John Oliver attends the 11th Annual Stand Up for Heroes Event in New York City in November. Photo: Bryan Bedder / Getty Images for Bob Woodruff Foundation.

John Oliver is getting ready to launch his fifth season of “Last Week Tonight” on HBO, a show that combines comedy with well-researched takes on the biggest news stories.

Why he matters: His show’s deep-dive segments on topics like corporate consolidation, net neutrality, the Sinclair-Tribune merger, the decline of local newspapers, vaccines and the Flint water crisis have triggered large public responses and even a few remarks from policymakers — although he says he's pretty sure President Trump doesn't watch the show. He answered reporters' questions in New York on Monday.

On striking a balance of Trump coverage: “There are other things happening in the world. It’s hard to remember that just because [Trump] is all consuming…. What you don’t want to do is just narrate things that he said.… You want to show in aggregate that [what he says] is actually more important than in isolation.” 

On preserving the line between comedy and journalism: “I’m not a journalist. We have people working on the show who are journalists” to get the facts right.

On cable news dominating journalism: “Just because cable news is the loudest doesn’t mean it’s the only voice. There’s lots of good stuff out there.”

On the response from the people and companies who are the subjects of his segments: “We’re in constant contact with the people we’re talking about…Lots of the time they’re not going to be happy with the conclusions that we come to, but we definitely want to make sure we agree on the underlying facts….Normally the silence is pretty complimentary…It’s fine to have a different opinion on the solution to the problem as long as you agree on the ingredients of that problem.”

On whether his show will change if AT&T succeeds in purchasing Time Warner, parent of HBO:  “I f***ing hope not. I guess it’s hard to say. I do not anticipate the ground shifting, but if it does, that will be a problem and we will go down screaming."

On how he feels about AT&T’s cellphone service: “I made it pretty clear what I think about that.”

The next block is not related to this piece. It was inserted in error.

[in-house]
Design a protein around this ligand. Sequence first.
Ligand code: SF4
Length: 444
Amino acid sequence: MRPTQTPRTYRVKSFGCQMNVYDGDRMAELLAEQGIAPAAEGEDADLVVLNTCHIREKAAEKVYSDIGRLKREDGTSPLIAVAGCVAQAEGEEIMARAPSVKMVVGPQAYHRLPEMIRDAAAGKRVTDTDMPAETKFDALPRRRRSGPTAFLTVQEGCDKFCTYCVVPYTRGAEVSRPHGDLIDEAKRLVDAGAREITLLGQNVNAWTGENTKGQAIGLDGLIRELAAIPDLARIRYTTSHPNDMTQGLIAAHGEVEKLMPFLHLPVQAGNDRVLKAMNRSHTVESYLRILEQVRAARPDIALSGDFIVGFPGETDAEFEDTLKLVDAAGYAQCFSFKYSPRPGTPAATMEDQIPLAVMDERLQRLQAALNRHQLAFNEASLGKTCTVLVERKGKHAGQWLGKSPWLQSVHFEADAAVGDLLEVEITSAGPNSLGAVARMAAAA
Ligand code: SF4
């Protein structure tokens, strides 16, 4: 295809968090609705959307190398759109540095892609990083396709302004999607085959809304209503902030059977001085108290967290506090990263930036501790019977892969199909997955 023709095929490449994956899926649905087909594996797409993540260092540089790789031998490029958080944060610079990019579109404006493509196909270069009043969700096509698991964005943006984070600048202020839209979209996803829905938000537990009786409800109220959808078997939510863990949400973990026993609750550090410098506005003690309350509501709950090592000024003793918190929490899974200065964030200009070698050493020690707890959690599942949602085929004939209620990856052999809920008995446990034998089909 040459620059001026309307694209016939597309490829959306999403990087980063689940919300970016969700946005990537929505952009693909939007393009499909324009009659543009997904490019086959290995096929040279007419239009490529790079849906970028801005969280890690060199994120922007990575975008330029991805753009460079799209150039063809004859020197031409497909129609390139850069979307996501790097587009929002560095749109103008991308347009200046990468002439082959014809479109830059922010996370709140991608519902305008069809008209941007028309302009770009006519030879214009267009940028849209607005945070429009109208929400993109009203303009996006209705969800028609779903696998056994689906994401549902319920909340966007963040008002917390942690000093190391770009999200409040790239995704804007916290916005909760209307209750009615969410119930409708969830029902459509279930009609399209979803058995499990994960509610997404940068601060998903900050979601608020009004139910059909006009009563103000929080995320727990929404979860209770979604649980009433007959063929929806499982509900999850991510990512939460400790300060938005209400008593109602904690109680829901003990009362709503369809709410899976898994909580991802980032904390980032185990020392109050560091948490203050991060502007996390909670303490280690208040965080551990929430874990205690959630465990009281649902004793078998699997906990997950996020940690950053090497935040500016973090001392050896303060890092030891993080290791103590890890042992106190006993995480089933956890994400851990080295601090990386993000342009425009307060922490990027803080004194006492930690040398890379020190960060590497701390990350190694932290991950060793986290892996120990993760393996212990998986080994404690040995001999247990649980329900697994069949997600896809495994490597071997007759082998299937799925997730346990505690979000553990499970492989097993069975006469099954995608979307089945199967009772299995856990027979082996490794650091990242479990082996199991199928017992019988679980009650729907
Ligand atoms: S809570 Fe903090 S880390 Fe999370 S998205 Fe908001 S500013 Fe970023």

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Updated 23 mins ago - Politics & Policy

Coronavirus dashboard

Illustration: Sarah Grillo/Axios

  1. Global: Total confirmed cases as of 10 p.m. ET: 32,471,119 — Total deaths: 987,593 — Total recoveries: 22,374,557Map.
  2. U.S.: Total confirmed cases as of 10 p.m. ET: 7,032,524 — Total deaths: 203,657 — Total recoveries: 2,727,335 — Total tests: 99,483,712Map.
  3. States: "We’re not closing anything going forward": Florida fully lifts COVID restaurant restrictions — Virginia Gov. Ralph Northam tests positive for coronavirus.
  4. Health: Young people accounted for 20% of cases this summer.
  5. Business: Coronavirus has made airports happier places The expiration of Pandemic Unemployment Assistance looms.
  6. Education: Where bringing students back to school is most risky.
Mike Allen, author of AM
3 hours ago - Politics & Policy

Biden pushes unity message in new TV wave

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What he's saying: The ad — which began Friday night, and is a follow-up to "Fresh Start" — draws from a Biden speech earlier in the week in Manitowoc, Wisconsin:

Trump prepares to announce Amy Coney Barrett as Supreme Court replacement

Judge Amy Coney Barrett. Photo: Matt Cashore/Notre Dame University via Reuters

President Trump is preparing to nominate federal appeals court Judge Amy Coney Barrett of Indiana, a favorite of both the social conservative base and Republican elected officials, to succeed Justice Ruth Bader Ginsburg, Republican sources tell Axios.

Why it matters: Barrett would push the already conservative court further and harder to the right, for decades to come, on the most important issues in American politics — from abortion to the limits of presidential power. If confirmed, she would give conservatives a 6-3 majority on the high court.